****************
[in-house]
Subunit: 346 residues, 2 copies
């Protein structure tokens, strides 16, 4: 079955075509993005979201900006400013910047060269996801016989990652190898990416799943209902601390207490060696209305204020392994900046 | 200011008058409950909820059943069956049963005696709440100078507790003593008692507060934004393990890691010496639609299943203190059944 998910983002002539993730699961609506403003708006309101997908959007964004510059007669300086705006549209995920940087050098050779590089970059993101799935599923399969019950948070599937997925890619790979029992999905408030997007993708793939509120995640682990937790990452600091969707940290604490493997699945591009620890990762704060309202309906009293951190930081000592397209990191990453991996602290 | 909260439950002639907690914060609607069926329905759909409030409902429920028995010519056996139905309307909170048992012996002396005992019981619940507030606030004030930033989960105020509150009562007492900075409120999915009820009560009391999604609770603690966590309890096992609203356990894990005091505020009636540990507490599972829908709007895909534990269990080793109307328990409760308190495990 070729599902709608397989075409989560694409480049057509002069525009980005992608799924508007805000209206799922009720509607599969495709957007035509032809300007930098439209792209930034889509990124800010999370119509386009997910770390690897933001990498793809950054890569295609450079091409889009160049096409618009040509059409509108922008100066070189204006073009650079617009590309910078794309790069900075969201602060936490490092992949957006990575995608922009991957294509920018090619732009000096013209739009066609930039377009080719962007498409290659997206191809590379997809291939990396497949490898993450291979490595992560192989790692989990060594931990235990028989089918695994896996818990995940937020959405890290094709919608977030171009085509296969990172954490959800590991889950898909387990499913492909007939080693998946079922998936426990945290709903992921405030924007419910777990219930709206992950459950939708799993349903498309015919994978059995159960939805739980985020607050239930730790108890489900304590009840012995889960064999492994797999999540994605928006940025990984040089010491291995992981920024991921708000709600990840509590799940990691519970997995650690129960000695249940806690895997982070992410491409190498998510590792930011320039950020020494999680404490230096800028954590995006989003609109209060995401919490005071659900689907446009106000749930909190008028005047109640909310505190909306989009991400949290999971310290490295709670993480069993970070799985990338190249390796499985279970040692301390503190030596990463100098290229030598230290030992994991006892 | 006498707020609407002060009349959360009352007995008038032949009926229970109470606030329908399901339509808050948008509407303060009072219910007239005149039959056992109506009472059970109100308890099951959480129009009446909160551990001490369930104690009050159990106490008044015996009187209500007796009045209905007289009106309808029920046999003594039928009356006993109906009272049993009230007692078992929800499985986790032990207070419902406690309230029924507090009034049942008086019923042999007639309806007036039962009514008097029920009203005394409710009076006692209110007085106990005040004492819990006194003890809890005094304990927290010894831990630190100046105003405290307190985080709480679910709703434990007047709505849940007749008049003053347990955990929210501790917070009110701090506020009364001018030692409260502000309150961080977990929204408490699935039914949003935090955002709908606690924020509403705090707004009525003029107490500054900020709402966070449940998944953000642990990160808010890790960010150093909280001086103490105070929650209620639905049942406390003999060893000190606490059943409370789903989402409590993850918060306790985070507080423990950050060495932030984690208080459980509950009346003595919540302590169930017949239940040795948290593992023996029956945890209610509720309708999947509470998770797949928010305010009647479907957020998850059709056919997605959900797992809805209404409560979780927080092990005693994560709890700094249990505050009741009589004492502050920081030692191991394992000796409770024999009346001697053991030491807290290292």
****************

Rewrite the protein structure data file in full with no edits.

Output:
[in-house]
Subunit: 346 residues, 2 copies
């Protein structure tokens, strides 16, 4: 079955075509993005979201900006400013910047060269996801016989990652190898990416799943209902601390207490060696209305204020392994900046 | 200011008058409950909820059943069956049963005696709440100078507790003593008692507060934004393990890691010496639609299943203190059944 998910983002002539993730699961609506403003708006309101997908959007964004510059007669300086705006549209995920940087050098050779590089970059993101799935599923399969019950948070599937997925890619790979029992999905408030997007993708793939509120995640682990937790990452600091969707940290604490493997699945591009620890990762704060309202309906009293951190930081000592397209990191990453991996602290 | 909260439950002639907690914060609607069926329905759909409030409902429920028995010519056996139905309307909170048992012996002396005992019981619940507030606030004030930033989960105020509150009562007492900075409120999915009820009560009391999604609770603690966590309890096992609203356990894990005091505020009636540990507490599972829908709007895909534990269990080793109307328990409760308190495990 070729599902709608397989075409989560694409480049057509002069525009980005992608799924508007805000209206799922009720509607599969495709957007035509032809300007930098439209792209930034889509990124800010999370119509386009997910770390690897933001990498793809950054890569295609450079091409889009160049096409618009040509059409509108922008100066070189204006073009650079617009590309910078794309790069900075969201602060936490490092992949957006990575995608922009991957294509920018090619732009000096013209739009066609930039377009080719962007498409290659997206191809590379997809291939990396497949490898993450291979490595992560192989790692989990060594931990235990028989089918695994896996818990995940937020959405890290094709919608977030171009085509296969990172954490959800590991889950898909387990499913492909007939080693998946079922998936426990945290709903992921405030924007419910777990219930709206992950459950939708799993349903498309015919994978059995159960939805739980985020607050239930730790108890489900304590009840012995889960064999492994797999999540994605928006940025990984040089010491291995992981920024991921708000709600990840509590799940990691519970997995650690129960000695249940806690895997982070992410491409190498998510590792930011320039950020020494999680404490230096800028954590995006989003609109209060995401919490005071659900689907446009106000749930909190008028005047109640909310505190909306989009991400949290999971310290490295709670993480069993970070799985990338190249390796499985279970040692301390503190030596990463100098290229030598230290030992994991006892 | 006498707020609407002060009349959360009352007995008038032949009926229970109470606030329908399901339509808050948008509407303060009072219910007239005149039959056992109506009472059970109100308890099951959480129009009446909160551990001490369930104690009050159990106490008044015996009187209500007796009045209905007289009106309808029920046999003594039928009356006993109906009272049993009230007692078992929800499985986790032990207070419902406690309230029924507090009034049942008086019923042999007639309806007036039962009514008097029920009203005394409710009076006692209110007085106990005040004492819990006194003890809890005094304990927290010894831990630190100046105003405290307190985080709480679910709703434990007047709505849940007749008049003053347990955990929210501790917070009110701090506020009364001018030692409260502000309150961080977990929204408490699935039914949003935090955002709908606690924020509403705090707004009525003029107490500054900020709402966070449940998944953000642990990160808010890790960010150093909280001086103490105070929650209620639905049942406390003999060893000190606490059943409370789903989402409590993850918060306790985070507080423990950050060495932030984690208080459980509950009346003595919540302590169930017949239940040795948290593992023996029956945890209610509720309708999947509470998770797949928010305010009647479907957020998850059709056919997605959900797992809805209404409560979780927080092990005693994560709890700094249990505050009741009589004492502050920081030692191991394992000796409770024999009346001697053991030491807290290292």